Mao Zedong

A security personnel keeps watch next to a Chinese Communist Party flag before the new Politburo Standing Committee members meet the media following the 20th Party Congress of the Communist Party of China, at the Great Hall of the People in Beijing, China, 23 October 2022. (Tingshu Wang/Reuters)

Can the CCP truly serve the people?

Recent protests against the Covid restrictions show that the CCP’s mantra of “serving the people” is a double-edged sword. The platitude lends ideological ammunition and justification for people to retaliate, and may also give far leftists fodder for accusing the party of abandoning their original mission. Rather than a nameless “the people” which can be manipulated politically, perhaps it is time to think of the people as each and every person whose rights need to be safeguarded.
Two women and their babies pose for photographs in front of the giant portrait of late Chinese chairman Mao Zedong on the Tiananmen Gate in Beijing, China, 2 November 2015. (Kim Kyung-Hoon/File Photo/Reuters)

From Mao ideals to the American dream: What China's 'sent down youths' sacrificed to chase a better tomorrow

The post-50s Chinese generation of intellectuals who were heavily influenced by Mao had the practice of leaving their children behind as they single-mindedly sought to achieve success abroad. US academic Wu Guo remarks that this generation of people who had been sent down to the rural areas, travelled abroad, and finally gained a foothold and settled down in the US, have always been motivated by a religious zeal for chasing a dream.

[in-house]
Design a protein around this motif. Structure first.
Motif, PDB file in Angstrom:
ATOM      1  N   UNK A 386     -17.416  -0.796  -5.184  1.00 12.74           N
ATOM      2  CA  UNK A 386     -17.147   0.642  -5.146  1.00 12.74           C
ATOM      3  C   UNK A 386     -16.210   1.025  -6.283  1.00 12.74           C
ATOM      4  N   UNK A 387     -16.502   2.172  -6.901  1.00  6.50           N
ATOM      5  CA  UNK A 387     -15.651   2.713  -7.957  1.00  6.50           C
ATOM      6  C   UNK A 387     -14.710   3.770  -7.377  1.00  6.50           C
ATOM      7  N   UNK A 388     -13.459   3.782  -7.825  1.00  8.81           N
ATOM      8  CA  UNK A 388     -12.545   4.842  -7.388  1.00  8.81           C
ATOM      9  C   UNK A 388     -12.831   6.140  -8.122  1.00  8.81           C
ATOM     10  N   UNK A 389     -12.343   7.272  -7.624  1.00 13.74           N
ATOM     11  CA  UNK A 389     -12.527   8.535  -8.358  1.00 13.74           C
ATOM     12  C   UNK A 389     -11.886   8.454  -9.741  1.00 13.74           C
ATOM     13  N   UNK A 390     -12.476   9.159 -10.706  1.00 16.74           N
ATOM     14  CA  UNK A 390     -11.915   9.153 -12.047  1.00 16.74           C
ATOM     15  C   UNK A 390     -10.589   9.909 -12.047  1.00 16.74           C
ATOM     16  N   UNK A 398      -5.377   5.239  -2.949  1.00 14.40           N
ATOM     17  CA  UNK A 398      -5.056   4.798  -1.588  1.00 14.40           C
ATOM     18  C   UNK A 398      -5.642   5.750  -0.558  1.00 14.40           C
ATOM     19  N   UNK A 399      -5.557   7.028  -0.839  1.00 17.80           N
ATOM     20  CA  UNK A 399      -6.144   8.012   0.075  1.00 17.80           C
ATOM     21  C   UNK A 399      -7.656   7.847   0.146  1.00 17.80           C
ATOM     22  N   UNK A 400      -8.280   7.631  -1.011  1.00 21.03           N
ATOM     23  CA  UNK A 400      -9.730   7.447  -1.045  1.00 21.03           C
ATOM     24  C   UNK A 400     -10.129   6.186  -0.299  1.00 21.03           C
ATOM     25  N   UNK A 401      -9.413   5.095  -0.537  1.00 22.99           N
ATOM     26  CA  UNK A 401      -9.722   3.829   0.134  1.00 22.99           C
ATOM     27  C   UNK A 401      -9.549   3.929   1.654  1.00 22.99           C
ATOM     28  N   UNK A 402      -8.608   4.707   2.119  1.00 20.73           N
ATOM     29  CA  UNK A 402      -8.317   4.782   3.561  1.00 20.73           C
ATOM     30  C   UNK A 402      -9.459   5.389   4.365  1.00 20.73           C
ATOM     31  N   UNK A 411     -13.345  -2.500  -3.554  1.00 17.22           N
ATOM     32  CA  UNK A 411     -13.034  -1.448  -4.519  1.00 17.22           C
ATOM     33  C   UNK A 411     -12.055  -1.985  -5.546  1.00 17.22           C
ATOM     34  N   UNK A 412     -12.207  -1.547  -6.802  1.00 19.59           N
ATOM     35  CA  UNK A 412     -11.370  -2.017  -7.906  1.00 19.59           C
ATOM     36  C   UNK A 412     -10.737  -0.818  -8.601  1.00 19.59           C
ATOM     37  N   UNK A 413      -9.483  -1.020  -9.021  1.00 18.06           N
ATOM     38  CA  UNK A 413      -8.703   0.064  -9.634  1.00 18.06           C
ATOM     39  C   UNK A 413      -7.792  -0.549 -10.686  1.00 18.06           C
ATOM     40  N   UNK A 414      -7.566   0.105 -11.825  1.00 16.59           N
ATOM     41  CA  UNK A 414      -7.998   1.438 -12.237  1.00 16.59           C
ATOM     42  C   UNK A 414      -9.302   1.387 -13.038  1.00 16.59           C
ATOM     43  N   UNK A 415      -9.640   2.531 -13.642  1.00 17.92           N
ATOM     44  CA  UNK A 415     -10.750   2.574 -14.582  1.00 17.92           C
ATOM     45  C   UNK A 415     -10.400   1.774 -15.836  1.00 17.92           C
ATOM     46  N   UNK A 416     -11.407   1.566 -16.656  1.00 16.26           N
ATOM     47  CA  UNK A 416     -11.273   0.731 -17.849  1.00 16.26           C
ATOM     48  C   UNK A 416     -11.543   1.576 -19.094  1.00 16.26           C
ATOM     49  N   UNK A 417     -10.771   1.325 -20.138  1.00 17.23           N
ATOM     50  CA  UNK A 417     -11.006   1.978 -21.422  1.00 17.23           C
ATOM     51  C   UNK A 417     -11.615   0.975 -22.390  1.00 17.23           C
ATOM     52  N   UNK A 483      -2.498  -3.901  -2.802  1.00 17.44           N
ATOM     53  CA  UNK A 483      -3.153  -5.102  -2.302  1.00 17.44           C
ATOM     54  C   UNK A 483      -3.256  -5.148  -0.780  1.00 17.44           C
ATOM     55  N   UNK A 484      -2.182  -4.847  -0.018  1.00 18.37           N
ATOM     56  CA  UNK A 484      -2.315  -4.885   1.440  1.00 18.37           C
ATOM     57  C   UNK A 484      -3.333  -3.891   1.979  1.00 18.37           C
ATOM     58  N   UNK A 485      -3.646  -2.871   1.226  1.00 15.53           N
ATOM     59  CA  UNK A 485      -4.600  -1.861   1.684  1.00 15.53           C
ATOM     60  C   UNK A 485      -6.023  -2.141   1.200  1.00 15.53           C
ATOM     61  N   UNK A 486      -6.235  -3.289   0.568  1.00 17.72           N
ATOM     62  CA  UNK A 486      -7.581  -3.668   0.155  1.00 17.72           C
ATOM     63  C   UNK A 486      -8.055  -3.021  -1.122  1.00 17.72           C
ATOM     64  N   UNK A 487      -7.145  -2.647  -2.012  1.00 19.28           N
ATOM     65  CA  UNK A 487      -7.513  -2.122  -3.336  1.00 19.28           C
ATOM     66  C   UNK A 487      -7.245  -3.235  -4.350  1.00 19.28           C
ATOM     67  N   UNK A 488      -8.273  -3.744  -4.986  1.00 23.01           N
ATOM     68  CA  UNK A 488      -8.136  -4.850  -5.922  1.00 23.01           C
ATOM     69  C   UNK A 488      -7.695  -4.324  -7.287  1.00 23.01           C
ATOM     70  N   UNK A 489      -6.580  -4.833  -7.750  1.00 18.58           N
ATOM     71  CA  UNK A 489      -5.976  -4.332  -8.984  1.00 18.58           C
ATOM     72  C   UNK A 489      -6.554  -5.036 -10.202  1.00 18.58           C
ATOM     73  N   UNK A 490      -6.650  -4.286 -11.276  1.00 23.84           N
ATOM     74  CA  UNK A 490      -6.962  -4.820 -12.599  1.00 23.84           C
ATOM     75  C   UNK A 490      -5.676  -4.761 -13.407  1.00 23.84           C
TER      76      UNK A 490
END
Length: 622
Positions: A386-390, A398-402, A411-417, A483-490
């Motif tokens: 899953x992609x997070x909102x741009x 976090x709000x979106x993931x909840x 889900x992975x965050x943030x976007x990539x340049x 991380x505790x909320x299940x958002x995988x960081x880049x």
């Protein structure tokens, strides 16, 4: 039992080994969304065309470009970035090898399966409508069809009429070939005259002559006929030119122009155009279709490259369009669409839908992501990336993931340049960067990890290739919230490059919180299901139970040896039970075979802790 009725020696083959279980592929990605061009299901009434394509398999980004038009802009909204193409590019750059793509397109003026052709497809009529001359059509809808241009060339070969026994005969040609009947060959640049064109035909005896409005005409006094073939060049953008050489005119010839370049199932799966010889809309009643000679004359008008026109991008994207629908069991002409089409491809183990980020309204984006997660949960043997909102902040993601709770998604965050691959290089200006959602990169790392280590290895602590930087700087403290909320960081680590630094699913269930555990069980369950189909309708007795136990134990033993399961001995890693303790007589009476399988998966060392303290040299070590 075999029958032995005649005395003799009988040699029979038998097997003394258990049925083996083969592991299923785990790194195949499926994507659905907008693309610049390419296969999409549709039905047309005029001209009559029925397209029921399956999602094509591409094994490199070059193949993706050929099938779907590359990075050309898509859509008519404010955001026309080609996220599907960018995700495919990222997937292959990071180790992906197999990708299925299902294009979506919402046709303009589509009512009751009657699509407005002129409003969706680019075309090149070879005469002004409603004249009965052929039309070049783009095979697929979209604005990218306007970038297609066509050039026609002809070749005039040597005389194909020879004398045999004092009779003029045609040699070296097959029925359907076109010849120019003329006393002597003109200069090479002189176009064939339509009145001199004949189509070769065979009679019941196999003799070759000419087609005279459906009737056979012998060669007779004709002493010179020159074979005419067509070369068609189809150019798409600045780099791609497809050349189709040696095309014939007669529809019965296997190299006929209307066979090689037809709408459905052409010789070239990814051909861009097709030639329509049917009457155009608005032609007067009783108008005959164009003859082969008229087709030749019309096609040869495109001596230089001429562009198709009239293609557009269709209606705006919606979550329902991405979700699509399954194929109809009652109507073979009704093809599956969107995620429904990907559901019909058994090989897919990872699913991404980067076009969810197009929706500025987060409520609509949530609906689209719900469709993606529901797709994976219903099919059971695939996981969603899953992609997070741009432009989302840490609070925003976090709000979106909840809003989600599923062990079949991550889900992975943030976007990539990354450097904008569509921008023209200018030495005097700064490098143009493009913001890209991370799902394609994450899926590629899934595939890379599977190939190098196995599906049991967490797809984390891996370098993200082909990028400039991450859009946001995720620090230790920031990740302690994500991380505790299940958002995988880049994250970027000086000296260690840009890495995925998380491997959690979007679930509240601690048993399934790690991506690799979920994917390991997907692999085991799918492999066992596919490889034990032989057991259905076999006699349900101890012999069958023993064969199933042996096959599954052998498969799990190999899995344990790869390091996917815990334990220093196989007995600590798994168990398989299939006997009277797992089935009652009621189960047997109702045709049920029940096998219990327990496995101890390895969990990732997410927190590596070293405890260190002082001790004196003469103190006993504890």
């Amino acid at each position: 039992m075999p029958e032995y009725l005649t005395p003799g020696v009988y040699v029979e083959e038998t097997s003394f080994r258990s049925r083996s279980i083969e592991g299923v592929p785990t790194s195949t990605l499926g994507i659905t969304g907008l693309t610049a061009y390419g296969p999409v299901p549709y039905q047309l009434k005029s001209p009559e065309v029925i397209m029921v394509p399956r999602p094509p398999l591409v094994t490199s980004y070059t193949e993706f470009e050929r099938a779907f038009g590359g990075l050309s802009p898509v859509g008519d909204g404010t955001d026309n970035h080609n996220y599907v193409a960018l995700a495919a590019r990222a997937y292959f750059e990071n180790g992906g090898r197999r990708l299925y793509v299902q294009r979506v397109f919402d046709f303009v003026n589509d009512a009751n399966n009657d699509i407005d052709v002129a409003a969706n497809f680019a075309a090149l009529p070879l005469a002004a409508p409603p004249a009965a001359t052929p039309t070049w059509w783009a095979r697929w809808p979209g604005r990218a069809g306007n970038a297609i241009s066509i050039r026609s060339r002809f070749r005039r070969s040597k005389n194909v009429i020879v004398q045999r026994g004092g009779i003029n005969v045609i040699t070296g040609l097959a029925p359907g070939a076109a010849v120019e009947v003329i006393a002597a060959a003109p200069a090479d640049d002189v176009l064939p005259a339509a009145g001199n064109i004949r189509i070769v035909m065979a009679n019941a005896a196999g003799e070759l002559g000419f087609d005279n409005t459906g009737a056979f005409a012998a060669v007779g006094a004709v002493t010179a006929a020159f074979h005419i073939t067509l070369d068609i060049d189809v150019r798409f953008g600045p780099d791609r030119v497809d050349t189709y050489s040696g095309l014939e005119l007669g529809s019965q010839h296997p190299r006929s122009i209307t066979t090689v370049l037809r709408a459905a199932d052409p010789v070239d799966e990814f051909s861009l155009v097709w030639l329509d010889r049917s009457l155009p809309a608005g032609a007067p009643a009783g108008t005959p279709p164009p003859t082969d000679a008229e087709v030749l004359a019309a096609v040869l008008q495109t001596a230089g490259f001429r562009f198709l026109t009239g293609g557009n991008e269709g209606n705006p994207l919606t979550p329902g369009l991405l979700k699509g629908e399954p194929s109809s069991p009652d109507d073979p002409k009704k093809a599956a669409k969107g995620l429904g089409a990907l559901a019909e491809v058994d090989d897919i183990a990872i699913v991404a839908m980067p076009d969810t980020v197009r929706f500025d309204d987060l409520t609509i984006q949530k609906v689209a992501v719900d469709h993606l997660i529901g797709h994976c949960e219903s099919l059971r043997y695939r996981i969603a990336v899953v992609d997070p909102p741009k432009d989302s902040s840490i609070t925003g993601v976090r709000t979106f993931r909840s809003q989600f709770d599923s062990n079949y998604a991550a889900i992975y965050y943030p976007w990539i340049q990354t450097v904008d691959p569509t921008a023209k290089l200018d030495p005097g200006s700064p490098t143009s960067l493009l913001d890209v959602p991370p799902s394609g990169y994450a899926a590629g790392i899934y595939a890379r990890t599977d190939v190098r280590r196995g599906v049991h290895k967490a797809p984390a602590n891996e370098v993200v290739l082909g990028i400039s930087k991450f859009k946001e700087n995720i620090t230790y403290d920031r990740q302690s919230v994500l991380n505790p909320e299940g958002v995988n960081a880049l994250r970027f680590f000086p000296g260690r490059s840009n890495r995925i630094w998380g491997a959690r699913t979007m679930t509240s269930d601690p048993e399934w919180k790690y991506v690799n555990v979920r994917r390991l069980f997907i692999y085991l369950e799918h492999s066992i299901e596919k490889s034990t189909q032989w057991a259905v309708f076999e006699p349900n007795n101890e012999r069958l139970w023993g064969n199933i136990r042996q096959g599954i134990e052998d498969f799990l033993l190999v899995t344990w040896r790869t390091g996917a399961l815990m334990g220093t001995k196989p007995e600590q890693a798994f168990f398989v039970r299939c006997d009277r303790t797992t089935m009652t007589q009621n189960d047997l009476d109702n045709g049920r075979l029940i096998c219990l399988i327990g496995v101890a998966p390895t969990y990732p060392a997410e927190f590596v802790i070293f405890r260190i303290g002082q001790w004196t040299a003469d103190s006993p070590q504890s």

Chinese President Xi Jinping gestures after the 29th APEC Economic Leaders' Meeting (AELM) during the APEC 2022 in Bangkok, Thailand, 18 November 2022. (Rungroj Yongrit/Pool via Reuters)

The Real Xi: Reflections on the 20th Party Congress

Vienna-based Li Ling observes that while it seems that Chinese President Xi Jinping has removed all obstacles to his rule, actually the outcomes of the 20th Party Congress has shown another side of him: a level-headed and even disciplined man who can act in a measured and controlled fashion. Being able to show restraint while holding on to great power will be a delicate balance that one has to strike in Xi’s “new era”.
Chinese President Xi Jinping speaks during the opening session of the 20th Party Congress at the Great Hall of the People in Beijing, China, on 16 October 2022. (Noel Celis/AFP)

What’s new in Xi Jinping's 20th Party Congress report

The Chinese Communist Party (CCP)’s 20th Party Congress opened with CCP General Secretary Xi Jinping giving a summary of the party report, during which he highlighted the key achievements over the past five years, as well as the way forward. Zaobao correspondent Yu Zeyuan takes us through the key points and what to expect over the next few days.
Chinese President Xi Jinping stands near former Chinese presidents Hu Jintao, Jiang Zemin and Premier Li Keqiang on Tiananmen Gate during the military parade marking the 70th founding anniversary of People's Republic of China, on its National Day in Beijing, China, 1 October 2019. (Jason Lee/Reuters)